ARBIL, Iraq - US-Iranian talks about Iraq have been received with skepticism
and some foreboding here, with some calling for limitations on the extent of
issues that the two countries can negotiate regarding Iraq.
The ice-breaking ambassador-level talks Monday between the two countries, which
have had hostile relations since Iran's 1979 Islamic Revolution, signal a change
in the official stated policies of both.
The move by the George W. Bush administration to talk to Iran came months after
the Iraq Study Group – a US Congress-appointed task force – urged the US government
to launch a new "diplomatic offensive" by engaging other countries
in the region to help stabilize Iraq.
Despite harsh Iranian and US official rhetoric against one another, what
could sweeten the bitter pill of direct talks are results satisfactory to both
Hassan Kazemi Qomi, Iran's ambassador in Baghdad, told the Associated Press
that the two countries would meet again within the month.
Describing the talks as "symbolically important diplomacy," Denise
Natali, a US professor of politics at Arbil's English-language University
of Kurdistan, said she does not, however, "put too much stake into that
The talks began at a time when the United States has increased the number of
its warships in the Persian Gulf to three and is exerting unprecedented pressure
over Iran's nuclear program. That has worried Iran and could well be one of
the reasons that pushed it to the negotiation table.
"Americans are not going to promise Iranians that we are not going to
hurt you," Natali said. But Iran is not going to stop influencing Iraq
either, she added, until they get guarantees that Washington will change its
attitude towards them.
However, the question for many here is to what extent Iran is willing and can
truly influence the situation in Iraq. The challenge for Iranians is that even
if they can curb Shi'ite armed groups, then who would keep the Sunni insurgency
in check? Iran will not agree to rein in its proxies in Iraq, fearing it would
undermine its power base.
Several Sunni Arab countries are believed to be helping Iraqi Sunnis, to counterbalance
Iranian support for Shi'ites.
"You cannot involve Iran (to curb Shi'ites.) without involving Saudi Arabia
and Syria (to contain Sunnis)," Natali said. "Why would Iran change
behavior if the Sunni insurgents don't do that?"
Nonetheless, Iran is on the horns of a dilemma in the official talks with the
United States: While Iranians want to exploit the Iraq talks to open a greater
window of subsequent negotiations with the US over long-standing problems –
and especially its controversial nuclear program.– they also do not want to
be the one that saves US face by assisting it in bringing about relative stability
Both the US and Iran accuse one another of backing each other's armed opponents.
Washington says Iran is backing Shi'ite militias in Iraq, with funds, weapons
and training, to strike US and coalition targets. But Iran's assistance is not
only limited to Shi'ite groups. Kurdish officials have implicitly accused Iran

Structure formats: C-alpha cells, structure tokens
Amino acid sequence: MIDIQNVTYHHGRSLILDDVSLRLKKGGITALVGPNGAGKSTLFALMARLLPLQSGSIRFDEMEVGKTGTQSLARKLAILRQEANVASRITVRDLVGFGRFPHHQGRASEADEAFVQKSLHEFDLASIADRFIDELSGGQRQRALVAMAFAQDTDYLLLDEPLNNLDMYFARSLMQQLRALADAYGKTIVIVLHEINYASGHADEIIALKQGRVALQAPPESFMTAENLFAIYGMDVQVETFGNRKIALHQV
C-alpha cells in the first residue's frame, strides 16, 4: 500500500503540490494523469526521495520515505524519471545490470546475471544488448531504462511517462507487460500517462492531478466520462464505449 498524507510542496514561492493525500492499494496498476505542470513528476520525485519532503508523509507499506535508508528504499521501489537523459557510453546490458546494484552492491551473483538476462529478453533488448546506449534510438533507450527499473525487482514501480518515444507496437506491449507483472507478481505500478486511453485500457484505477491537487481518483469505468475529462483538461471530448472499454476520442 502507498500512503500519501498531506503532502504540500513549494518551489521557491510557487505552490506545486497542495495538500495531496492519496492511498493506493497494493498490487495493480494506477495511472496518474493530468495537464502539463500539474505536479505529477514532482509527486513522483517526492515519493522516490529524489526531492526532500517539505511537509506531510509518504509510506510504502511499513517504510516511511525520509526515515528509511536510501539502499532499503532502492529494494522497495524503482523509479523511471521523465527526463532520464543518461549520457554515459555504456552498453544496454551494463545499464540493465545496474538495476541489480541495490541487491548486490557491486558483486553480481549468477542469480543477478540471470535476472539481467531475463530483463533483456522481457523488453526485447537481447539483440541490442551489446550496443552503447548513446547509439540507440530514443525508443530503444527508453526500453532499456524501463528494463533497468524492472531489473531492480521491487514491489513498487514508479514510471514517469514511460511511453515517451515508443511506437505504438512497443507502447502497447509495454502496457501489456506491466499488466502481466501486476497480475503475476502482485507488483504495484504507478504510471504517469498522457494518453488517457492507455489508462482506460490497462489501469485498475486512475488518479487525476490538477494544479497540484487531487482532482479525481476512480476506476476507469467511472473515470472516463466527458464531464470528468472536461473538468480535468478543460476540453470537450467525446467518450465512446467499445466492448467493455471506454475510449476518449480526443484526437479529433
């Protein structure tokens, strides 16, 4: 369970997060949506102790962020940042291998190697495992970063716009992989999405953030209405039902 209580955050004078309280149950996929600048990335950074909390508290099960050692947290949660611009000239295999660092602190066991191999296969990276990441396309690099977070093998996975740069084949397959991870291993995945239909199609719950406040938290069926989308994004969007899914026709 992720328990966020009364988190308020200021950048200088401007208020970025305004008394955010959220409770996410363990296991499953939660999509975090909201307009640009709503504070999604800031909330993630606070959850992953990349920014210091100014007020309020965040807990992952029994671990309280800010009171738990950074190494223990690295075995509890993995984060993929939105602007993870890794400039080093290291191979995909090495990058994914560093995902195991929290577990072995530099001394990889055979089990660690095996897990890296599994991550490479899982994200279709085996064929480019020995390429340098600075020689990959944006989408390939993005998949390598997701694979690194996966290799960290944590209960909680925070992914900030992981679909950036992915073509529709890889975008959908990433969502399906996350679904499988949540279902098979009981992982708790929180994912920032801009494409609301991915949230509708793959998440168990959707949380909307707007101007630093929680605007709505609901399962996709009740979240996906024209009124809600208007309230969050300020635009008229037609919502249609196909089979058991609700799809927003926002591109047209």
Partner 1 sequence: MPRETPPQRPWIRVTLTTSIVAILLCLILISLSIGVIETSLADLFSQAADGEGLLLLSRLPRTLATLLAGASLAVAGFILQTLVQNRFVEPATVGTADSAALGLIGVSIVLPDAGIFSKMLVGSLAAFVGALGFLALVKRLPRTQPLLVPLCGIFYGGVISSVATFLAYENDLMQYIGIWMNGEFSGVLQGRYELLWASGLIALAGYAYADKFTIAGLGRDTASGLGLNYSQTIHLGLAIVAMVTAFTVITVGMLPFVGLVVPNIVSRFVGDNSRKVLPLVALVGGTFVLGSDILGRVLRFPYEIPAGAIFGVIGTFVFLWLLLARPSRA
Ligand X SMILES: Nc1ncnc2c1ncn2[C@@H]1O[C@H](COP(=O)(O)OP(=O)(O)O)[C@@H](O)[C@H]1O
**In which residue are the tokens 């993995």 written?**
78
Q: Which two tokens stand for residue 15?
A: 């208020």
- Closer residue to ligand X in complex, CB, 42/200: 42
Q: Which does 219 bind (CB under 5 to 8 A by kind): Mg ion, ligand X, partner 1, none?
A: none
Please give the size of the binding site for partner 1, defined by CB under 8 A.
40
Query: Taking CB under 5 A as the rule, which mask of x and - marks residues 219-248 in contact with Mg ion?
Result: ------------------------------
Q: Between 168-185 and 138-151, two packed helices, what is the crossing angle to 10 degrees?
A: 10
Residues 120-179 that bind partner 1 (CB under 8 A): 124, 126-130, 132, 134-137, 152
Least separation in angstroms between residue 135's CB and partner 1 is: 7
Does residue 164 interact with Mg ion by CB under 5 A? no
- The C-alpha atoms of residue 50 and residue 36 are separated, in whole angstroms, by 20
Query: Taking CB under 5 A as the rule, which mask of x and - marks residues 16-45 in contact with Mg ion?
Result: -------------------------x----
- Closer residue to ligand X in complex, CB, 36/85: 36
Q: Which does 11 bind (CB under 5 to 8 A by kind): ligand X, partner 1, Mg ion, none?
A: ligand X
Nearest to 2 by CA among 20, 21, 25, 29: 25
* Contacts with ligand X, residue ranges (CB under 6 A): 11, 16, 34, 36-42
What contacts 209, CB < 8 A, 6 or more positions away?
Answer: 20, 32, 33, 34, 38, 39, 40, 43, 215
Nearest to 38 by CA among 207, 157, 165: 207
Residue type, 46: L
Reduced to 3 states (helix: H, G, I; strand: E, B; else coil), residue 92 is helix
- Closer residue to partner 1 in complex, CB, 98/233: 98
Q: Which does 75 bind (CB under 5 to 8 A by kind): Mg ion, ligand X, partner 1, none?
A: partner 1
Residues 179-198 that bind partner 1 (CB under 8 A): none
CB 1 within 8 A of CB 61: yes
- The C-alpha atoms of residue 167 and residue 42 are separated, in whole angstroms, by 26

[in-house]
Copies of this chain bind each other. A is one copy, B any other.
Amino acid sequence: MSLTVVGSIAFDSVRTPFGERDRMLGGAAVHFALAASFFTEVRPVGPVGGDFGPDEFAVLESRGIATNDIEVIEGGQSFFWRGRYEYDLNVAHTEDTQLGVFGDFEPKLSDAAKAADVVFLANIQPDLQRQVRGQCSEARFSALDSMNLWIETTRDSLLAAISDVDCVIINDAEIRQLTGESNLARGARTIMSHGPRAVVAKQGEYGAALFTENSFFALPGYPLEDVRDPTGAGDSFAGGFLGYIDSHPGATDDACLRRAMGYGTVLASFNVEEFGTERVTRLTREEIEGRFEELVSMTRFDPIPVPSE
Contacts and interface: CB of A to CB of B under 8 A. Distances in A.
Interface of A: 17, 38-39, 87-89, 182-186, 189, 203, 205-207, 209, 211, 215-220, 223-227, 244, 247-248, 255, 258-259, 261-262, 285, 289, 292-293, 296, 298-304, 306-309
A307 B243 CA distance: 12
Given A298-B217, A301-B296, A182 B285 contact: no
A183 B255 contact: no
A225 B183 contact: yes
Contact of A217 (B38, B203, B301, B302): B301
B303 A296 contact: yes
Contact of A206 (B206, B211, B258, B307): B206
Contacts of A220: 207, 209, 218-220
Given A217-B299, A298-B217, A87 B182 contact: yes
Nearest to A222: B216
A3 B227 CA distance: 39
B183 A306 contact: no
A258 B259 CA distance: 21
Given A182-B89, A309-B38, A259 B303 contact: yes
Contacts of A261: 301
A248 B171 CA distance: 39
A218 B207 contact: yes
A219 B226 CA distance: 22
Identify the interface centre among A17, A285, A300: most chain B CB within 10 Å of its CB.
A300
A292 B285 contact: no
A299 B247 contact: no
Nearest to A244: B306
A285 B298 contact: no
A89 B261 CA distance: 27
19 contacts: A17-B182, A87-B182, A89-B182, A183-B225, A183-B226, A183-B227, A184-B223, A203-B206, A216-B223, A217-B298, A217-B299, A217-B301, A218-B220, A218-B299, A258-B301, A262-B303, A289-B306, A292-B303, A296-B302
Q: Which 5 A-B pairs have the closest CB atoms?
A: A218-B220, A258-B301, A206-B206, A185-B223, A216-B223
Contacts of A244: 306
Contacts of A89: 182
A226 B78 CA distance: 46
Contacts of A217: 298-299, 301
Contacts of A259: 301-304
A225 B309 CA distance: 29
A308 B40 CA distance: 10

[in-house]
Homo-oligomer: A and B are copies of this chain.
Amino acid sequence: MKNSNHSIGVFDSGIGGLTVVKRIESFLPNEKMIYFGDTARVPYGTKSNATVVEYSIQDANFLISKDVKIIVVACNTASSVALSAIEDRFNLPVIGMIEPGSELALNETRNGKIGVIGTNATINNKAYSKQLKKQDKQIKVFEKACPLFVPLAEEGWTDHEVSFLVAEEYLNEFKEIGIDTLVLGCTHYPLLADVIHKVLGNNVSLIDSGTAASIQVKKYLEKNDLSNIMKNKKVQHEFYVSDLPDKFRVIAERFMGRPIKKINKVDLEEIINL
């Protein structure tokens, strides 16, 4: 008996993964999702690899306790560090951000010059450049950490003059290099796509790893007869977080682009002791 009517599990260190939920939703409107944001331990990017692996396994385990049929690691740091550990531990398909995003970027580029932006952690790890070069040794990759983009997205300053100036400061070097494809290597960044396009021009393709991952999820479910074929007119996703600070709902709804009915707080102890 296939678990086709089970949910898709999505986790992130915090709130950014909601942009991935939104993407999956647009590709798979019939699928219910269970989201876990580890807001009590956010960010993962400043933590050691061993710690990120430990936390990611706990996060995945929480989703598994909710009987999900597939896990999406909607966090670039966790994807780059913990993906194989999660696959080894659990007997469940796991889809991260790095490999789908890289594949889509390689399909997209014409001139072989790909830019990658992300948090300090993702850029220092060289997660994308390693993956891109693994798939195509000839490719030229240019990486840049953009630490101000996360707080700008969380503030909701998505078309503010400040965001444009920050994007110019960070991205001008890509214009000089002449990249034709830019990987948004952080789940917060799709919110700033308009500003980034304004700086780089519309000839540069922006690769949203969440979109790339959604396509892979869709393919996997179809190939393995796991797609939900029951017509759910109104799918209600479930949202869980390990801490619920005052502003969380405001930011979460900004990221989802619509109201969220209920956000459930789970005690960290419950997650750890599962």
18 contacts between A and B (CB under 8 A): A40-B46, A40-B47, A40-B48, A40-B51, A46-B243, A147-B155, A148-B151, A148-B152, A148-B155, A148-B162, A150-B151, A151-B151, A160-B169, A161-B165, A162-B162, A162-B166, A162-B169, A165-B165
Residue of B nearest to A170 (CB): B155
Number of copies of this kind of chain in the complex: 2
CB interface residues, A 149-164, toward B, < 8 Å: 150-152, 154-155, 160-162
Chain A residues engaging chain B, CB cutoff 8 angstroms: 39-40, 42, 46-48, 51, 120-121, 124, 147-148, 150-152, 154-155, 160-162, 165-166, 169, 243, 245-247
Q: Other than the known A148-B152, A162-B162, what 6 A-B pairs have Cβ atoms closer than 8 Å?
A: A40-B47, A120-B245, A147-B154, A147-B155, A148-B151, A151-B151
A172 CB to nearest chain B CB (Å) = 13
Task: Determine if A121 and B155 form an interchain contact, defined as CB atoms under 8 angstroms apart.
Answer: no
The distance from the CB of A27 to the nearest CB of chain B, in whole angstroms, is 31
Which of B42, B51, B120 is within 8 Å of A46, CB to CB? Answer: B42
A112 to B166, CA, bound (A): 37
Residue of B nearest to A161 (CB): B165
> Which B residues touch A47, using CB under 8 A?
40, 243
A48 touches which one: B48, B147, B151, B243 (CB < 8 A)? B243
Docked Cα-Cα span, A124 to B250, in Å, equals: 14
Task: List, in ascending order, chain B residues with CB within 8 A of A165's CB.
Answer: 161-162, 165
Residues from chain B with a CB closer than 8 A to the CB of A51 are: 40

of facilitating and assisting the al-Qaeda affiliated Ansar al-Islam to attack
Kurdish guard posts on the border between Iraq and Iran.
In return, Iran accuses the US of harboring and provoking armed Iranian opposition
groups like Mujahedin-e-Khalq and Kurdistan Freedom Life Party (PJAK) against
Iran also wants the release of its five officials arrested in Arbil by US
forces in January. Apparently to add pressure to the demand, it has arrested
four US citizens of Iranian origin recently.
Meanwhile, inside Iraq, politicians seem to be concerned about the scope and
limits of the talks. In fact there are fears that both Iran and the US may
use the Iraq talks to push their broader regional agendas.
Bukhari Abdullah, a Kurdish member of Iraqi parliament says, "The talks
should be conducted in a manner that would be in the interest of Iraqis".
"Iraqi parliamentarians will have their stance on the results of these
talks," Abdullah, whose parliamentary bloc has 53 seats in Iraqi parliament,
told IPS. He said the bilateral talks should focus on improving Iraq's security
situation and should not get into discussions to influence Iraq's politics.
Iraqi Kurds had earlier voiced concern over the Iraq Study Group's recommendation
for greater role for neighboring countries in Iraq's affairs. They believe that
would be at the expense of Kurds since some of Iraq's neighbors have sizable
restive Kurdish populations and are worried about the Kurds' status in post-Saddam
"If the results would not be in Iraq's interest, then many parliamentary
groups will not accept it," Abdullah said.
But for Iran, it seems to be quite a good bid of opportunity. Tempted by official
US requests for talks, Tehran wants to use them to assert itself as a major
regional power. It also cannot close eyes to the threats posed by long-term
instability in its neighboring country.
"Stability and instability in Iraq will both affect Iran, since they have
a long shared border," said Sarbast Tofiq, professor of international law
from Arbil's Salahaddin University.
Modern Iraq has been a hotbed of pan-Arab Sunni-dominated nationalism, which
runs opposite to the Shi'ite Islamic republic's ambitions for regional supremacy.
"Iranians expect a stable government to come to power in Iraq in the future,
whether they want it or not. But what is important for them (Iranians) is that
that future government should not be hostile to Iran," Tofiq told IPS.
"In fact, Iran would like to see a stable government in Iraq, provided
it is dominated by Shi'ites."